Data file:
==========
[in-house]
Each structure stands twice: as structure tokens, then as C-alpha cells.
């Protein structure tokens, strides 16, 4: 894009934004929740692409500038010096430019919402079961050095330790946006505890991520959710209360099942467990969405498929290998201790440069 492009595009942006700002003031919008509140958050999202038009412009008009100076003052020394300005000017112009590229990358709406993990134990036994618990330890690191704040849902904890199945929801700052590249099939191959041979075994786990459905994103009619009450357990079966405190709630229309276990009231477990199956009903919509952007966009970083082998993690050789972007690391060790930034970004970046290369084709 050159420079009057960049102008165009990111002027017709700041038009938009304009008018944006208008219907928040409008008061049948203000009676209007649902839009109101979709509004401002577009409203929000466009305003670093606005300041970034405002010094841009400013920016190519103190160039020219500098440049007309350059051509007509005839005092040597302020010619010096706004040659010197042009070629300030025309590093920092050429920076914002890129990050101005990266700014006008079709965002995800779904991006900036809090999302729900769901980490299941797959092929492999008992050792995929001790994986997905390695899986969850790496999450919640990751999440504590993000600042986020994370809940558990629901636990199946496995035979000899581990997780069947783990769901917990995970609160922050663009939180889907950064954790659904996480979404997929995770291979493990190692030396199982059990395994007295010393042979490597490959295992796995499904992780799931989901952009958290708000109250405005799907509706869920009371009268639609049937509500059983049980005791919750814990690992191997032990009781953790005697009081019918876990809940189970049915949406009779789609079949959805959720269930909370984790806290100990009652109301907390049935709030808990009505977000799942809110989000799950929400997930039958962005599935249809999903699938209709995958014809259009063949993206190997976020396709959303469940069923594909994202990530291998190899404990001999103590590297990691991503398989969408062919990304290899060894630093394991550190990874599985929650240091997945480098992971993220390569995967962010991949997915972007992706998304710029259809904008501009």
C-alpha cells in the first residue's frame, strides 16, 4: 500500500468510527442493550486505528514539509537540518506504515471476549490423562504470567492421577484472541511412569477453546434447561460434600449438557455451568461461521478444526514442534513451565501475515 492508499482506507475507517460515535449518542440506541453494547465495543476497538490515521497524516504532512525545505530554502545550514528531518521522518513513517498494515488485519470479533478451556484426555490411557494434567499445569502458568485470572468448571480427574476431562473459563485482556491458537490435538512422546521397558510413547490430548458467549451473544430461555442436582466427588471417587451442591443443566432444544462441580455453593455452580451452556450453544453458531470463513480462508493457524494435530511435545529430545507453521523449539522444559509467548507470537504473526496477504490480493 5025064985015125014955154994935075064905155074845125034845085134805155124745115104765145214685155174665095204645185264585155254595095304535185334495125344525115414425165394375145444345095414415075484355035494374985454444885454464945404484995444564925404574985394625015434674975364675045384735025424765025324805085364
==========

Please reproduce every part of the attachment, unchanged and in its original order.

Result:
[in-house]
Each structure stands twice: as structure tokens, then as C-alpha cells.
């Protein structure tokens, strides 16, 4: 894009934004929740692409500038010096430019919402079961050095330790946006505890991520959710209360099942467990969405498929290998201790440069 492009595009942006700002003031919008509140958050999202038009412009008009100076003052020394300005000017112009590229990358709406993990134990036994618990330890690191704040849902904890199945929801700052590249099939191959041979075994786990459905994103009619009450357990079966405190709630229309276990009231477990199956009903919509952007966009970083082998993690050789972007690391060790930034970004970046290369084709 050159420079009057960049102008165009990111002027017709700041038009938009304009008018944006208008219907928040409008008061049948203000009676209007649902839009109101979709509004401002577009409203929000466009305003670093606005300041970034405002010094841009400013920016190519103190160039020219500098440049007309350059051509007509005839005092040597302020010619010096706004040659010197042009070629300030025309590093920092050429920076914002890129990050101005990266700014006008079709965002995800779904991006900036809090999302729900769901980490299941797959092929492999008992050792995929001790994986997905390695899986969850790496999450919640990751999440504590993000600042986020994370809940558990629901636990199946496995035979000899581990997780069947783990769901917990995970609160922050663009939180889907950064954790659904996480979404997929995770291979493990190692030396199982059990395994007295010393042979490597490959295992796995499904992780799931989901952009958290708000109250405005799907509706869920009371009268639609049937509500059983049980005791919750814990690992191997032990009781953790005697009081019918876990809940189970049915949406009779789609079949959805959720269930909370984790806290100990009652109301907390049935709030808990009505977000799942809110989000799950929400997930039958962005599935249809999903699938209709995958014809259009063949993206190997976020396709959303469940069923594909994202990530291998190899404990001999103590590297990691991503398989969408062919990304290899060894630093394991550190990874599985929650240091997945480098992971993220390569995967962010991949997915972007992706998304710029259809904008501009």
C-alpha cells in the first residue's frame, strides 16, 4: 500500500468510527442493550486505528514539509537540518506504515471476549490423562504470567492421577484472541511412569477453546434447561460434600449438557455451568461461521478444526514442534513451565501475515 492508499482506507475507517460515535449518542440506541453494547465495543476497538490515521497524516504532512525545505530554502545550514528531518521522518513513517498494515488485519470479533478451556484426555490411557494434567499445569502458568485470572468448571480427574476431562473459563485482556491458537490435538512422546521397558510413547490430548458467549451473544430461555442436582466427588471417587451442591443443566432444544462441580455453593455452580451452556450453544453458531470463513480462508493457524494435530511435545529430545507453521523449539522444559509467548507470537504473526496477504490480493 5025064985015125014955154994935075064905155074845125034845085134805155124745115104765145214685155174665095204645185264585155254595095304535185334495125344525115414425165394375145444345095414415075484355035494374985454444885454464945404484995444564925404574985394625015434674975364675045384735025424765025324805085364